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Officers save woman from fire

Annie Simmons did not know what to think when she found her living room filled with smoke late Friday night, but within seconds she witnessed flames erupt around the air conditioning unit close by.

“There was no one here but myself and my sister,” she said. “It just so happened I had not gone to bed because I was drying clothes. I saw all kinds of smoke and at that time I saw the flames shoot up. I was hollering out the door for someone to come help me.”

Simmons said she immediately became concerned about her sister, 86-year-old Rosanna Amos, who was bedridden and required a constant supply of oxygen via an attached tank.

“I could not pick her up and get her out of the bed,” Simmons said. “I did not know what to do, but I was not going to leave her. I told her I was just going to go with her. If she was going to burn up, then I would burn up too.”

Simmons said she was so distracted that she did not call 911 immediately, but her next-door neighbor placed the call for help at approximately 1:22 a.m.

“I did not know what do so I took my head out the door and began yelling for help,” she said. “My next door neighborhood called 911 and then began throwing buckets of water on the flames.”

Andalusia Police Department officer Steve McGowin said he and fellow officers Sgt. Roger Cender and Cody Warren heard the report of a house fire with visible flames soon after.

“Cody took off to the area of the call,” McGowin said. “Within moments after that we heard over the command frequency that there were possible occupants in the house. Cender and myself took off to the location.”

When the officers arrived on the scene they spotted Simmons inside the home, standing next to her next-door neighbor.

“We asked if anyone was in the house and she said there was someone in the bedroom,” McGowin said. “The house was filled with large amounts of smoke.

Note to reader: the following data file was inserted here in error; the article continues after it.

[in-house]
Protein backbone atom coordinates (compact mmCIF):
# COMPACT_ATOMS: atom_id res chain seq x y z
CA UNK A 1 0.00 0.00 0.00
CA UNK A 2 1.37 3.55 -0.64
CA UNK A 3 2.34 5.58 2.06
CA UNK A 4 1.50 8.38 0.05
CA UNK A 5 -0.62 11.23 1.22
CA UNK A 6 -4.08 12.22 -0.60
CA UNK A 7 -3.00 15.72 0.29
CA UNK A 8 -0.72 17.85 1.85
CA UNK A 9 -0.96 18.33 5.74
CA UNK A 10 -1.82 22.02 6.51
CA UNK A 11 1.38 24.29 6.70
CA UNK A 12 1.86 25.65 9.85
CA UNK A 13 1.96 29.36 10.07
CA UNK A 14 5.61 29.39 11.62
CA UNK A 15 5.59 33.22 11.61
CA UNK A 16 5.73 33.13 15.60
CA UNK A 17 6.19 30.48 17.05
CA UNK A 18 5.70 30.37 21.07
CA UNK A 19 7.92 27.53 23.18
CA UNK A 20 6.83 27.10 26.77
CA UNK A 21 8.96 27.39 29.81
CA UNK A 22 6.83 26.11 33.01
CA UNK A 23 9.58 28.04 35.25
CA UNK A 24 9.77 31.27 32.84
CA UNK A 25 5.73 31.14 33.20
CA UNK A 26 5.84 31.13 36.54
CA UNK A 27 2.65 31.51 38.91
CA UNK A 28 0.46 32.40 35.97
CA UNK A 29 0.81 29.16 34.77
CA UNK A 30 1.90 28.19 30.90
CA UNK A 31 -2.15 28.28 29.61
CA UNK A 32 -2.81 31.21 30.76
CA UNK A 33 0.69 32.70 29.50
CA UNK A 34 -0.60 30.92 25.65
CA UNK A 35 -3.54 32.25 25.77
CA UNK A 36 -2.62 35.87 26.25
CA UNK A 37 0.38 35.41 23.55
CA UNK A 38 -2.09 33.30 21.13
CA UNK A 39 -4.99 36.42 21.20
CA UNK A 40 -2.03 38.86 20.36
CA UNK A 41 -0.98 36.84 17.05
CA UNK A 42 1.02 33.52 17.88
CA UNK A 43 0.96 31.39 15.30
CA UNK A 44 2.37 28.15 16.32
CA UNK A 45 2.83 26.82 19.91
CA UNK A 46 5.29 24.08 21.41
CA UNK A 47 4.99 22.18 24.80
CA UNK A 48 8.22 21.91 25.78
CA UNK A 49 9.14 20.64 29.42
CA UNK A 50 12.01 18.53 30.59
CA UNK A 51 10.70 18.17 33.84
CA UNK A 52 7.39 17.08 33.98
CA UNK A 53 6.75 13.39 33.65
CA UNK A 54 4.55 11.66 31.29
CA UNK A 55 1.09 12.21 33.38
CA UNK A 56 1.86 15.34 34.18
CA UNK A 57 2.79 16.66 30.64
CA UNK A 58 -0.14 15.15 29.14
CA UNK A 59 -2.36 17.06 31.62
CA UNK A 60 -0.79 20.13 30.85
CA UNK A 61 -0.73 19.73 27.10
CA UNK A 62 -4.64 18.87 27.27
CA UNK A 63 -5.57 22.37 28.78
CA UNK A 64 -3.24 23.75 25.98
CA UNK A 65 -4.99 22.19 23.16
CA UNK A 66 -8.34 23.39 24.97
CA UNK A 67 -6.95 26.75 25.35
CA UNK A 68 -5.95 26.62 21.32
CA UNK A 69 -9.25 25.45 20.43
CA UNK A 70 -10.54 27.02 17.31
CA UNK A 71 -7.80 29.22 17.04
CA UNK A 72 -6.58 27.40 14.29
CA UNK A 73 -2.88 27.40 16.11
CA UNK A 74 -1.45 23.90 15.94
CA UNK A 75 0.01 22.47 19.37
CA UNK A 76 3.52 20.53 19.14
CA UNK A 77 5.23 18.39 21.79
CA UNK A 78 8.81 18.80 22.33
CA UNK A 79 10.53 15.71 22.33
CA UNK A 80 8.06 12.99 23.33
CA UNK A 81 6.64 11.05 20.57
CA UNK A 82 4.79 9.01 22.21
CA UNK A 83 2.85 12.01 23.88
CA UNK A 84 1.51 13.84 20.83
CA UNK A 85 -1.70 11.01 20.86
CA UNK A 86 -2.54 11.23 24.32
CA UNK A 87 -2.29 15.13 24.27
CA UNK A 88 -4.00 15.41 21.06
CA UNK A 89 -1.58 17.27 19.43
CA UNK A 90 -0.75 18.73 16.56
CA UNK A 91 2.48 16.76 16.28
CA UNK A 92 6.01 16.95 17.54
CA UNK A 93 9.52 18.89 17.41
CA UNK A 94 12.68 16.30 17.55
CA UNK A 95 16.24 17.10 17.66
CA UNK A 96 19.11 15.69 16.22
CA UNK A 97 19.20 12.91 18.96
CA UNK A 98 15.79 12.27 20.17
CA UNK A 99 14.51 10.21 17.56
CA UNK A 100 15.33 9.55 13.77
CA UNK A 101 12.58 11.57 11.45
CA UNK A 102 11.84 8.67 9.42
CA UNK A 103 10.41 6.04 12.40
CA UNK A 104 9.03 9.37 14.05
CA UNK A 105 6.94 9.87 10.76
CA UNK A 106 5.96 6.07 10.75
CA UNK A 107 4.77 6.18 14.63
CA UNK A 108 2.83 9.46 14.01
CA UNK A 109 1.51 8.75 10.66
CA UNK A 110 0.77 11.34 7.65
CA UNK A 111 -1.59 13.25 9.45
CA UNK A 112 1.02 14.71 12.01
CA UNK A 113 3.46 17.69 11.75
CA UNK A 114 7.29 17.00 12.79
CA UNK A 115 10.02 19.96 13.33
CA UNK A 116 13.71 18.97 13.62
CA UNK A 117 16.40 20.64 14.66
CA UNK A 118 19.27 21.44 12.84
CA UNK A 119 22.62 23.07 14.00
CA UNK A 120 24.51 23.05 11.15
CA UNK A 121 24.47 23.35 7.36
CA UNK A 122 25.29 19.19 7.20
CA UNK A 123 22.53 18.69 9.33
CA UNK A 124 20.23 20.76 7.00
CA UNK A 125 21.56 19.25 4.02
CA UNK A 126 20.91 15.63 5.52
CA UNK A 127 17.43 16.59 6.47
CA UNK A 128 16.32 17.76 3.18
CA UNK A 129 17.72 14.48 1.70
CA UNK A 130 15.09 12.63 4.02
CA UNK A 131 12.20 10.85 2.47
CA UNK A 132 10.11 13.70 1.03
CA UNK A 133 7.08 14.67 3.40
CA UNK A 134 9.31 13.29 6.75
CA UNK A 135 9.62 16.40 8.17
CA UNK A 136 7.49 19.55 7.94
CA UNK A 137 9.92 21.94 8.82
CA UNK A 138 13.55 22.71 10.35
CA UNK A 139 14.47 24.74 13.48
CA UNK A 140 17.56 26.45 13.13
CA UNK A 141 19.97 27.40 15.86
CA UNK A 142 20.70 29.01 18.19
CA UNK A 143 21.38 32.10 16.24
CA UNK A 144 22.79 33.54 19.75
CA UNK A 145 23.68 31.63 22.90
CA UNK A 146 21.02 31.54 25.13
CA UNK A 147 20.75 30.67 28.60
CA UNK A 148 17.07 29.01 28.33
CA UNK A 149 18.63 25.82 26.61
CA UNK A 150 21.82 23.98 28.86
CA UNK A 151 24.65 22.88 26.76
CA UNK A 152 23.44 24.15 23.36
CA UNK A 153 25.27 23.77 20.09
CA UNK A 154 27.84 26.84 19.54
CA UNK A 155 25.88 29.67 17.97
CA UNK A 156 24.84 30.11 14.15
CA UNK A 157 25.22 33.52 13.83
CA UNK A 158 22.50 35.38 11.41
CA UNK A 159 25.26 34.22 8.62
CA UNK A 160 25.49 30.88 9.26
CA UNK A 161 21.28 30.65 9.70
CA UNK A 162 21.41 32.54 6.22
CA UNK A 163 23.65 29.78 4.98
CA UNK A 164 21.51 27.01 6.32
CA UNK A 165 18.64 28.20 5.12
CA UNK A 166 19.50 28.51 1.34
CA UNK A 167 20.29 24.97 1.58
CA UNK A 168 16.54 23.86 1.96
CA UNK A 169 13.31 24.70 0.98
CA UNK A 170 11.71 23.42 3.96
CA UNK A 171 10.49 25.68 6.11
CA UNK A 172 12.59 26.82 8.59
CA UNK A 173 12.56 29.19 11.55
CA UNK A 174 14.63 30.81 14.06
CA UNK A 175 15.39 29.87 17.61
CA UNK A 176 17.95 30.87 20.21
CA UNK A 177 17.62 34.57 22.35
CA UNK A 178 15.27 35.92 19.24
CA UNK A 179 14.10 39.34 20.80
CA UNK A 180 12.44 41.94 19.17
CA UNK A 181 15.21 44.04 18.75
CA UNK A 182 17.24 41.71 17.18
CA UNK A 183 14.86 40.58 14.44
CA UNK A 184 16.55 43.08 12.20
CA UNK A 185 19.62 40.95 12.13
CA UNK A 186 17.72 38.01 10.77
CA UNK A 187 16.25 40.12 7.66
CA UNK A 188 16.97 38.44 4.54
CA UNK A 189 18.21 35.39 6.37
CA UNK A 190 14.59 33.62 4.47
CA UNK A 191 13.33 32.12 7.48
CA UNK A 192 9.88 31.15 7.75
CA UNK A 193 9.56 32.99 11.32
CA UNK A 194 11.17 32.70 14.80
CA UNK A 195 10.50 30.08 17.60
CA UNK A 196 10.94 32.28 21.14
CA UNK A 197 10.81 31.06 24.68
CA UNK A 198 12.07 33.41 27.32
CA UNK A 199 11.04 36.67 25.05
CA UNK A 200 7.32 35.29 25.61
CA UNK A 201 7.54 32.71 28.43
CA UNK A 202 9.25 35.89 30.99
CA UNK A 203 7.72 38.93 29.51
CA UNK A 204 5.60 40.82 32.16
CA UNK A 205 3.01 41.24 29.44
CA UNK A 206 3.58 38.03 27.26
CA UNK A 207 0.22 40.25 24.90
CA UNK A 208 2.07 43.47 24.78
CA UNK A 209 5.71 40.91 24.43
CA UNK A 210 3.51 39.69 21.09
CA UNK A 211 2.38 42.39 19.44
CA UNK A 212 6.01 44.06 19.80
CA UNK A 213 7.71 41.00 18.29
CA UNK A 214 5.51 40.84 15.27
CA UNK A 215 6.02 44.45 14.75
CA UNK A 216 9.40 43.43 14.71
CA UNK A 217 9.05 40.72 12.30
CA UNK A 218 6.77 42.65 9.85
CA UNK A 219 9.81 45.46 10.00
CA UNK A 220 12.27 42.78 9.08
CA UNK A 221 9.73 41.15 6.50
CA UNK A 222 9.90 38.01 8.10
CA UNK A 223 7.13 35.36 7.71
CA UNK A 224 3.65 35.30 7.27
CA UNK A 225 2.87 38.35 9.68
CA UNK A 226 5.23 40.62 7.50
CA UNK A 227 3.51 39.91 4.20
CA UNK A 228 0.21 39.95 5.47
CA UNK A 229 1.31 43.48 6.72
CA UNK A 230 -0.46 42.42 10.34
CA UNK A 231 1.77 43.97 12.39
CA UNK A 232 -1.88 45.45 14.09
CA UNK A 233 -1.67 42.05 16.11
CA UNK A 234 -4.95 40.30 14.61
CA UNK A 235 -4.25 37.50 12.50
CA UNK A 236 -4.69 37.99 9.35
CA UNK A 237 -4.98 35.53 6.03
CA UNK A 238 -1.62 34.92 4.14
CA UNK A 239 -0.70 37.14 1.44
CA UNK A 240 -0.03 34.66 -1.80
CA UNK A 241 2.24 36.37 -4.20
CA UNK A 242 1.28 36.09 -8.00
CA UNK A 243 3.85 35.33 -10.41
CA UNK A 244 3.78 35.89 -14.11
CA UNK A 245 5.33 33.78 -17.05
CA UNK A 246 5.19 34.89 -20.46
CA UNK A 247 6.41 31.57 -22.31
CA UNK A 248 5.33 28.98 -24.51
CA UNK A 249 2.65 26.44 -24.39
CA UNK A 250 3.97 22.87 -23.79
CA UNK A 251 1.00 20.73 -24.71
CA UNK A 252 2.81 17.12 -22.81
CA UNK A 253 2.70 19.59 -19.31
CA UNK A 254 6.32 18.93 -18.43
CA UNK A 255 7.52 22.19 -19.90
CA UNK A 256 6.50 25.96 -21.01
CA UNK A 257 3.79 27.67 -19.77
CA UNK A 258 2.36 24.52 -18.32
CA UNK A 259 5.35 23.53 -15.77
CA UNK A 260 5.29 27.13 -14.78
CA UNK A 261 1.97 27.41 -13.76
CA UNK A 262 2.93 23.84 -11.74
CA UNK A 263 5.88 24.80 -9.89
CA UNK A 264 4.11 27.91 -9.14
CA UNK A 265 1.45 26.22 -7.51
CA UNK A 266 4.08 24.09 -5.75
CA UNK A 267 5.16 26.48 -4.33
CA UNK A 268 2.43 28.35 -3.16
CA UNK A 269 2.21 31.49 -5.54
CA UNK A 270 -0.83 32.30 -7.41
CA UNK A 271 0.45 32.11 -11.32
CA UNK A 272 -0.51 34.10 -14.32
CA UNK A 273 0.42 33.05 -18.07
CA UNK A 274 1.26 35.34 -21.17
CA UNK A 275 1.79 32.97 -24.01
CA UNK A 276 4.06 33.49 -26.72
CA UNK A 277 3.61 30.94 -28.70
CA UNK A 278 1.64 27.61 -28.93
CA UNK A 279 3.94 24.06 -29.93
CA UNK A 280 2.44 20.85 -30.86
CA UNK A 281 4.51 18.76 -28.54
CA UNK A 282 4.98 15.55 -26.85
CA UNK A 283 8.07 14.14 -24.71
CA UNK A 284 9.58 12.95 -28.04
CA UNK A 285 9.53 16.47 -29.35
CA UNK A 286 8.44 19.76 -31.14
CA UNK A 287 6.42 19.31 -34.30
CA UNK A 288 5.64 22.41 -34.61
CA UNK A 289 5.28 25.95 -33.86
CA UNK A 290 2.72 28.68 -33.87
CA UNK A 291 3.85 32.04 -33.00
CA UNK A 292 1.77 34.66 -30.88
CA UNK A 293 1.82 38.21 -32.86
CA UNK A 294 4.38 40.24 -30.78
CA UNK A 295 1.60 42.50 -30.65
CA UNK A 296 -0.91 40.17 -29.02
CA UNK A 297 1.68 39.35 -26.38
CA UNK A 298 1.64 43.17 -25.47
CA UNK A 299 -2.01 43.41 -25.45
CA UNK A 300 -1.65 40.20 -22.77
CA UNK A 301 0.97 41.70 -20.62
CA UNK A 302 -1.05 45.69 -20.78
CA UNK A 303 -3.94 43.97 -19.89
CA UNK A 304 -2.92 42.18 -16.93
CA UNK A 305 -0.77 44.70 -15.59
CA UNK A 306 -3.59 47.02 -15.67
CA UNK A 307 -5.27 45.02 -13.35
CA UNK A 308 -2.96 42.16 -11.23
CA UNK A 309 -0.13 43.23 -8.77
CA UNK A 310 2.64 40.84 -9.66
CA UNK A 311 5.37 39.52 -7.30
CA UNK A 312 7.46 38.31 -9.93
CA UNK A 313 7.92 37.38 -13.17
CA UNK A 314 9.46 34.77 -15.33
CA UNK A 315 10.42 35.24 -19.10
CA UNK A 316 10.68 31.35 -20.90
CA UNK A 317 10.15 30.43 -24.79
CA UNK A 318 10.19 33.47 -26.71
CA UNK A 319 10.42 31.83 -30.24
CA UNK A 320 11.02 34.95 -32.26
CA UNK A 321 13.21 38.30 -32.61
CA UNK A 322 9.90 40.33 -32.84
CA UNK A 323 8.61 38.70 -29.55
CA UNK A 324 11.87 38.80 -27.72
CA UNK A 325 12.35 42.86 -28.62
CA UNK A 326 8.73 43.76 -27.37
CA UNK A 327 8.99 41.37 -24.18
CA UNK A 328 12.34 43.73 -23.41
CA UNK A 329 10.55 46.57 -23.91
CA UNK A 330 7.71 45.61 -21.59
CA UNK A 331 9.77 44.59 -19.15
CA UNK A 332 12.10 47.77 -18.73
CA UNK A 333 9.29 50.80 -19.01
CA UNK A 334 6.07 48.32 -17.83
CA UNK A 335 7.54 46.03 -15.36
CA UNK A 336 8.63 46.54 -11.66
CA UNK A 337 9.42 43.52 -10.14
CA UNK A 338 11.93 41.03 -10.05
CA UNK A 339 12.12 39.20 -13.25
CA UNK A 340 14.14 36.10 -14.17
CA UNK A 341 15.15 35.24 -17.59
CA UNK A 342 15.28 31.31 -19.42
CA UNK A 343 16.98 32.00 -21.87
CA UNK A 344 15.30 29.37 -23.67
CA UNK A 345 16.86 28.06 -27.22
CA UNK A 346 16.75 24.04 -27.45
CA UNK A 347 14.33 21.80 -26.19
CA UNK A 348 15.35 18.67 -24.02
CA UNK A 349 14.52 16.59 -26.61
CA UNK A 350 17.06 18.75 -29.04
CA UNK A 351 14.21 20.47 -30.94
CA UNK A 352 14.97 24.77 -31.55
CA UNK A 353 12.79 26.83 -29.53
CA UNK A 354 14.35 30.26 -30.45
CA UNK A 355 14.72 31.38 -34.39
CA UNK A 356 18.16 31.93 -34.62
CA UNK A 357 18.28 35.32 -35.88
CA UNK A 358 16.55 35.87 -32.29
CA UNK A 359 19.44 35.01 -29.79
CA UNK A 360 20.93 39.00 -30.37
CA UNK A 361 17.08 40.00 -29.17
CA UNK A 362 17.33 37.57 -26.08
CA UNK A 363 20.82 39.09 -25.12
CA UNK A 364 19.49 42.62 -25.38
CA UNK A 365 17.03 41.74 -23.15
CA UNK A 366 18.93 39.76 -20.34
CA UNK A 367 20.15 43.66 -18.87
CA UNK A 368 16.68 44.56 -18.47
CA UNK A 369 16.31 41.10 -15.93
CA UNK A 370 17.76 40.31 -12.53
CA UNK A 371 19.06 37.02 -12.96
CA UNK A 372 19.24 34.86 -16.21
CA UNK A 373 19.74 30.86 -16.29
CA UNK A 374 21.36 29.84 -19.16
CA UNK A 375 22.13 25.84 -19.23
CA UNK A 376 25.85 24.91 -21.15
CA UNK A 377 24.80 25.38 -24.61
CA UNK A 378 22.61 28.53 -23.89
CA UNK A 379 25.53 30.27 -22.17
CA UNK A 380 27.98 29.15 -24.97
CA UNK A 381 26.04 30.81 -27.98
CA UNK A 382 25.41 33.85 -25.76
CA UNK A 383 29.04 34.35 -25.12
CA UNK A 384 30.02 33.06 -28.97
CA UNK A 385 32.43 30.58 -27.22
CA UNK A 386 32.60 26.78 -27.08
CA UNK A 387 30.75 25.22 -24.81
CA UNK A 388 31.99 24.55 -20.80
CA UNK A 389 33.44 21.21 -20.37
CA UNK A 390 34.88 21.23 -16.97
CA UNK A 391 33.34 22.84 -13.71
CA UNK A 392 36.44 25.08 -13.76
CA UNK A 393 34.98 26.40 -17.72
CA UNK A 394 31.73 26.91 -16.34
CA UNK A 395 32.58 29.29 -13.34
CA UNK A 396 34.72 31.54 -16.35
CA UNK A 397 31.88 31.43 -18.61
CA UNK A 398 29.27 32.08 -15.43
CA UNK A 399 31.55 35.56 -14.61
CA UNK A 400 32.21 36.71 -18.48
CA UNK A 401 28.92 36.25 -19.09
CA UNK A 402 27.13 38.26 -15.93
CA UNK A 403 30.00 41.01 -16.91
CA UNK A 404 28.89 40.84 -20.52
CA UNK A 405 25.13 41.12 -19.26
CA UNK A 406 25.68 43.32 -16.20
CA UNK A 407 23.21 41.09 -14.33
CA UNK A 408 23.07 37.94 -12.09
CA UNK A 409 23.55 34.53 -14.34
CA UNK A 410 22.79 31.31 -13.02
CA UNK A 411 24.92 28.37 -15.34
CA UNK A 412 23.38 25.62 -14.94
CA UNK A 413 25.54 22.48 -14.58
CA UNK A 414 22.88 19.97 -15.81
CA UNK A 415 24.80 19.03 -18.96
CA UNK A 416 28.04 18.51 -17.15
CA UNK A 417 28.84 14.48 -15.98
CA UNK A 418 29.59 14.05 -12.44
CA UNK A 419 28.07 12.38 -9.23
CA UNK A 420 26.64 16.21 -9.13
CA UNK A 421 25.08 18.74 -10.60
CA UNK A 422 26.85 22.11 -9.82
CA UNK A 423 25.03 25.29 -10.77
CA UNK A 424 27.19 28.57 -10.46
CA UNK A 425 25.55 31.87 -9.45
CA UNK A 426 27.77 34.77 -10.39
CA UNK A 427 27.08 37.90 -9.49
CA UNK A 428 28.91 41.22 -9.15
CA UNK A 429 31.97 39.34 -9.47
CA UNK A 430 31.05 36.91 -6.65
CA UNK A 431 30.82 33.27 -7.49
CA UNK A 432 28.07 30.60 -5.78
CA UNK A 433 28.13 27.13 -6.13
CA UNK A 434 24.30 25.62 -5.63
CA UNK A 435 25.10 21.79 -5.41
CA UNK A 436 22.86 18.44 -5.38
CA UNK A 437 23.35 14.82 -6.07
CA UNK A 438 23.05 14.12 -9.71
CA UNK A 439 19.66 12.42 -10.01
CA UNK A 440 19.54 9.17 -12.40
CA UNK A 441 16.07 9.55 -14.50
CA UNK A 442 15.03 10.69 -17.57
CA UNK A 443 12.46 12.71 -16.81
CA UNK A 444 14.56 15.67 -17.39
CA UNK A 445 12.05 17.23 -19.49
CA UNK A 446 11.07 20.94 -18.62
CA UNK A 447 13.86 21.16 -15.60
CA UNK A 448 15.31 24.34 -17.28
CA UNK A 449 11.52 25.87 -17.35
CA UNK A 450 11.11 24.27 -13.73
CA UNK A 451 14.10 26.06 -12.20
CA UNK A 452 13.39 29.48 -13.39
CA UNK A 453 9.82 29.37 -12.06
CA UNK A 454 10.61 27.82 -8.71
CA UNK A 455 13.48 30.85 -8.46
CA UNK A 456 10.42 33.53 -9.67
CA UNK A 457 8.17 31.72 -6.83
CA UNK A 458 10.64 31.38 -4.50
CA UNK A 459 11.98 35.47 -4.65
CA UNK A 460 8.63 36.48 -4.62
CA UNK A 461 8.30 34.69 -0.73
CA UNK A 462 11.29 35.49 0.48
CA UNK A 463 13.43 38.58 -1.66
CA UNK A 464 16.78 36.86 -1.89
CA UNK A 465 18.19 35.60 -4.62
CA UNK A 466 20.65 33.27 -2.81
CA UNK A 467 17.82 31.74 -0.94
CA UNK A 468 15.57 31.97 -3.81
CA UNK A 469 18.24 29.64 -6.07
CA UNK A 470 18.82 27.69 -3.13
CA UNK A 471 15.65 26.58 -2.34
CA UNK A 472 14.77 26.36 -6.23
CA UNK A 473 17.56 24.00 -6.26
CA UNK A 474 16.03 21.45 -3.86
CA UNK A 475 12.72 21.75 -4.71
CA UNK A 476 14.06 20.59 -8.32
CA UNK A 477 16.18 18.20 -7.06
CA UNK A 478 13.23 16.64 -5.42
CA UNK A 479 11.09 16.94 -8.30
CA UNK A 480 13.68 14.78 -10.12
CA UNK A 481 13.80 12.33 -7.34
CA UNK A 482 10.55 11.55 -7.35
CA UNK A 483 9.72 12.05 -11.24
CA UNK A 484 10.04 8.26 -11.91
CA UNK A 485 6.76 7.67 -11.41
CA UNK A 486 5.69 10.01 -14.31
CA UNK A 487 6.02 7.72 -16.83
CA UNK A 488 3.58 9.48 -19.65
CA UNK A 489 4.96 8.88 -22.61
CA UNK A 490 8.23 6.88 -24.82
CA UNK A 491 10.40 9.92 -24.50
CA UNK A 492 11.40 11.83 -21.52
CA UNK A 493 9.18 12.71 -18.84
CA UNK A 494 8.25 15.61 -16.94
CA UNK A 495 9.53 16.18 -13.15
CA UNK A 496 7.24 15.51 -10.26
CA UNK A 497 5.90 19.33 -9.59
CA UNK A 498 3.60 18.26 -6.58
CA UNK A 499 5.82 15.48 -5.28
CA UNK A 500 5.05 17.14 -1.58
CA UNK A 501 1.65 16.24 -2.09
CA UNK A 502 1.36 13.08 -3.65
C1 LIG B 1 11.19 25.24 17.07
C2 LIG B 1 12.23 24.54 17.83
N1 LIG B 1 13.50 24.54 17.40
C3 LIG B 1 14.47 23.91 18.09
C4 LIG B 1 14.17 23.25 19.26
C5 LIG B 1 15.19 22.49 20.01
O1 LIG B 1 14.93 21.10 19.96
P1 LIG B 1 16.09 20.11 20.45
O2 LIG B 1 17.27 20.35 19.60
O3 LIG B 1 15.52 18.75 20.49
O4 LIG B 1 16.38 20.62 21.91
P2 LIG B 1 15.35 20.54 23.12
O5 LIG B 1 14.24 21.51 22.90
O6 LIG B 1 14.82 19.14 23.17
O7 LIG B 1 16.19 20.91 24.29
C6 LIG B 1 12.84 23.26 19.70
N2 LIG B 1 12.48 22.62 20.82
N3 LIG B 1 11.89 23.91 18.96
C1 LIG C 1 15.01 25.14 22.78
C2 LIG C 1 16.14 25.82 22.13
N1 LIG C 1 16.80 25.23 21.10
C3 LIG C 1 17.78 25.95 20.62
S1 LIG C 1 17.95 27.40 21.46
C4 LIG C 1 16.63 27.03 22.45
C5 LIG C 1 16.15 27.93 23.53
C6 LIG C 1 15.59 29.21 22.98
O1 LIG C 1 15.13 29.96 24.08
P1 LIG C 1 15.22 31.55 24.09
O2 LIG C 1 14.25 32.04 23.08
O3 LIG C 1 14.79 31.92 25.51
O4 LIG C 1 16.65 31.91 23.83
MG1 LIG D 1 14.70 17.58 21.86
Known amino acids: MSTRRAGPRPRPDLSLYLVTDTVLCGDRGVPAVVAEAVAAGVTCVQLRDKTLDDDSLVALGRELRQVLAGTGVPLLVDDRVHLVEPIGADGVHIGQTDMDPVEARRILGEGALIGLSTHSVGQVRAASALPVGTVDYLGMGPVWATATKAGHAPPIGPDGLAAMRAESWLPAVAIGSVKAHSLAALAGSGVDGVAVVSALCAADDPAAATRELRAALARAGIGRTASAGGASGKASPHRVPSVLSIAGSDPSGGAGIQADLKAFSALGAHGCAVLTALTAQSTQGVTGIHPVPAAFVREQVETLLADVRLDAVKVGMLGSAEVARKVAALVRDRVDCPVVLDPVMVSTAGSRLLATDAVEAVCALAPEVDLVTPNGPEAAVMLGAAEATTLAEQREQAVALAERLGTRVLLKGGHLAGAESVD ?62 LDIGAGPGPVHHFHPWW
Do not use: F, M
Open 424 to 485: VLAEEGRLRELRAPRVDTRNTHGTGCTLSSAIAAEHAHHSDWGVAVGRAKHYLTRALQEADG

“Cody stayed in the living room and kitchen area to see if anyone was lying on the floor,” he added. “Roger went to the back bedroom and I checked the bathroom and opened up the bedroom door to the bathroom.”

McGowin said that was the point where he located Amos lying on the floor with an oxygen mask attached to her face.

“Sgt. Cender and myself entered the room and I began trying to take the oxygen equipment off of her so we could move her,” McGowin said. “Roger got a comforter off the bed and we wrapped her in that. She said she had a wheelchair and wanted to be put in it. The only chairs available were electric and the batteries were dead. Cody cleared a path for us through the living room. Roger had her by the feet and I had her by the upper body. We moved her to the front porch and placed her on a glider.”

Amos recalls the moments before the officers arrived as “terrifying.”

“I was extremely nervous,” she said. “I just wanted to get out of there and I knew that I needed someone’s help to make it.”

McGowin said the officers acted out of instinct, fearing that the fire had entered the attic and could produce more problems in a short period of time.

“We thought the fire was in the attic because of the amount of smoke in the room,” he said. “We did not know how long it had been burning. Our main concern was to get her out of the residence before the ceiling collapsed.”

Fire department personnel arrived on the scene soon after, located the source of the fire and extinguished it before serious damage occurred to the structure. Rescue personnel transported Amos to Mizell Memorial Hospital, where she was held for observation and released.

McGowin said he and the other officers did not realize just how dangerous their actions were until after the job was done.

“We were in the house for a total of maybe five minutes,” he said. “Afterwards we found out that the smoke was the actual danger. More people die from smoke inhalation than actual fire. After we got her out of the house it was a sense of elation that we were able to get her out of the house.”

Andalusia Police Chief Wilbur Williams said he could not be more pleased with the quick thinking and excellent leadership displayed by the three men.

“It is considered a heroic act in my eyes anytime that anyone puts their life in jeopardy to come to the aid of another citizen,” he said. “These gentlemen identified the sensitivity of the situation and took it upon themselves to do what needed to be done to save a woman’s life. I am extremely proud of their valor.”